"There are no two points so distant from one another that they cannot be connected by a single straight line -- and an infinite number of curves."

Composer Lawrence Dillon has produced an extensive body of work, from brief solo pieces to a full-length opera. Three disks of his music are due out in 2010 on the Bridge, Albany and Naxos labels. In the past year, he has had commissions from the Emerson String Quartet, the Cassatt String Quartet, the Mansfield Symphony, the Boise Philharmonic, the Salt Lake City Symphony, the Ravinia Festival, the Daedalus String Quartet, the Kenan Institute for the Arts, the University of Utah and the Idyllwild Symphony Orchestra.

Although he lost 50% of his hearing in a childhood illness, Dillon began composing as soon as he started piano lessons at the age of seven. In 1985, he became the youngest composer to earn a doctorate at The Juilliard School, and was shortly thereafter appointed to the Juilliard faculty. Dillon is now Composer in Residence at the University of North Carolina School of the Arts, where he has served as Music Director of the Contemporary Ensemble, Assistant Dean of Performance, and Interim Dean of the School of Music. He was the Featured American Composer in the February 2006 issue of Chamber Music magazine.

Visit Lawrence Dillon's Web Site

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Wednesday, March 02, 2005

As promised, here is a review (though it might be more accurate to call it a practitionerís confession) of the Carolina Chamber Symphony concert of February 25th, on which I conducted the premiere of Revenant: Concerto for Horn and Orchestra, with David Jolley as the soloist.

I wonít comment on the first two works on the program for two reasons: 1) They were by Bach and Haydn, and this site is primarily concerned with new music, and 2) I was snoozing on a sofa in a hallway beneath the stage while they were being performed.

But the concert closed with my piece, for which I was wide awake and standing on the podium, baton in hand.

The performance got off to a very good start, especially considering that I almost forgot to put on my reading glasses before beginning. Itís the first time Iíve had to use that particular pharmaceutical enhancement in performance, so I was a bit out of my comfort zone. Without the spectacles, though, Iím afraid the performance would have been a complete disaster. So part of the credit for the success of the evening should go to Ben Franklin.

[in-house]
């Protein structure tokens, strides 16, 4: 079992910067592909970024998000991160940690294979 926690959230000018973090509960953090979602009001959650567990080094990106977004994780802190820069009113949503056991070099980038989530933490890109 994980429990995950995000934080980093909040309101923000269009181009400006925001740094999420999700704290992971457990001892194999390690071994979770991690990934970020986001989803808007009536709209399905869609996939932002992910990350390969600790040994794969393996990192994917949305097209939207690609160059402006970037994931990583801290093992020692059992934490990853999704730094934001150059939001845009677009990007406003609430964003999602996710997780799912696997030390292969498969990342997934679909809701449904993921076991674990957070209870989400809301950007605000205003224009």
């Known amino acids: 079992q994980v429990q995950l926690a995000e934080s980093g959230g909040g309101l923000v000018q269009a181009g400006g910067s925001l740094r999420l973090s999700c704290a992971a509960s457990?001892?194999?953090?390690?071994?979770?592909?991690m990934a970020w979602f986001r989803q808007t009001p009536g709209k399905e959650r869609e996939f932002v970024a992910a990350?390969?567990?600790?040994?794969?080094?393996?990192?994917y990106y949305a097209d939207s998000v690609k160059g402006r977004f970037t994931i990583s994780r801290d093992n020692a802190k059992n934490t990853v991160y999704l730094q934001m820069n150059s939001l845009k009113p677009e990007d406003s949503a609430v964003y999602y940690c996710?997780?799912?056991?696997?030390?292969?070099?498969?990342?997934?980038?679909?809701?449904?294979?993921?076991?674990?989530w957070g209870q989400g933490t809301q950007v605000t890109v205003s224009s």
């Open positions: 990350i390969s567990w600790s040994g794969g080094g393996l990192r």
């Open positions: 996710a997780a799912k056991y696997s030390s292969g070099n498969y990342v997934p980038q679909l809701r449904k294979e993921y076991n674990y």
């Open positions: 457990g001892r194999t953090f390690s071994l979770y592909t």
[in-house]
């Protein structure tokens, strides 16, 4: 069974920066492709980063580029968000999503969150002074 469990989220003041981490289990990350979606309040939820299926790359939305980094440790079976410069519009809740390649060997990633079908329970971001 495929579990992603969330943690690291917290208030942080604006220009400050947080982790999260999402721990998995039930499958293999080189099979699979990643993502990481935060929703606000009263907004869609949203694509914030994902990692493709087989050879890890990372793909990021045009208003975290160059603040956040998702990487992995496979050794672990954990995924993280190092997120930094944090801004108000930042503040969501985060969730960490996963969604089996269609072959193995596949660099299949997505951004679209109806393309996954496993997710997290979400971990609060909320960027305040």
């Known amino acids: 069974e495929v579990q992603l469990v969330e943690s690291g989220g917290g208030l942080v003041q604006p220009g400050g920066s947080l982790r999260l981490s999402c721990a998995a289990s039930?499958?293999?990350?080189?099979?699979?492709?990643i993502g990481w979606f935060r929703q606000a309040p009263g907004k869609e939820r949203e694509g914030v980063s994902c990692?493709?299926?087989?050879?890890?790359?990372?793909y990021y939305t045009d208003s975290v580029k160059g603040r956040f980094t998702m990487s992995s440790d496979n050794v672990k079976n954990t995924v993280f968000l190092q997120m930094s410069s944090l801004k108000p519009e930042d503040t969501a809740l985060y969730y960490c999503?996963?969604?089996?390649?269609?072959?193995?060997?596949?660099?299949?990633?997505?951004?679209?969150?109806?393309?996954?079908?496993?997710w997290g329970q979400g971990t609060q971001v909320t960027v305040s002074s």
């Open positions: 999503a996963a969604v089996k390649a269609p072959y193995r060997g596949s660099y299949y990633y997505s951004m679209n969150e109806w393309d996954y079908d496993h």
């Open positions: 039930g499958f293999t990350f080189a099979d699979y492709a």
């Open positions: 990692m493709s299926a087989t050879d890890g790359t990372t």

The first movement (Resonance) is a dirge, or, more accurately, the memory of a dirge. Again, I thought it got off to a fantastic start: the balances were excellent, the colors blended really well. In the middle section, which has a fast, hallucinatory, carnival atmosphere, the occasional slips in ensemble were more than made up for by the headlong momentum and energy.

But the final section, which is a transformation of the opening material, didnít work quite as well as the beginning. As a conductor, I think I was coasting a bit to the finish line, not really on top of every nuance. As a composer, I think I need to rethink and refocus the way the horn part ends. The first of these problems is irretrievable; the second is one of the reasons I love being a composer: I can always go back and improve myself.

The second movement is the trickiest to carry off. Itís very slow and static, so every phrase has to be shaped perfectly. I donít think I ever felt comfortably in control of the ending, and the performance bore out my fears. The oboe and piccolo were too loud, and itís clear to me in retrospect that the musicians didnít have 100% confidence that I knew how to get what I wanted. Having said that, I have to add that many people told me afterwards that the end of the second movement was their favorite part, so maybe Iím being too hard on myself. But maybe Iím the only one who knows how much better it could have been.

The third movement (Revelry) was a piece of cake... for me, that is. Itís a fast, exuberant dance movement, so all I had to do was keep moving and trust the musicians to play what was on the page. Itís the kind of piece that has a lot of flash, but isnít really as difficult as it sounds.

Overall, Iím very happy with the conciseness of the composition. I always have great respect for pieces that know what they are about, and this one definitely does. There are some details I will clean up in the next couple of weeks, but no major overhaul is necessary.

As a conductor, I know I did a credible job, but conducting is not really something that excites me, and that lack of interest is what keeps me from really excelling.

By contrast, as a critic, I think I leave a lot to be desired. I have no intention of quitting my day job.

Saving the best for last: with the exception of one late substitute who was a bit overmatched, the orchestra was outstanding. They put the whole program together in two rehearsals and a dress, and I couldnít have asked for more enthusiasm, consideration and technical/artistic excellence. And David Jolley was phenomenal: what a sweet, soulful, magnificent sound.

Finally, the audience was amazing. I keep hearing all the death knells for Classical music, or whatever this stuff should be called, so Iím always taken aback when I see a huge crowd giving a standing ovation to an outstanding performance. When will I stop being so surprised?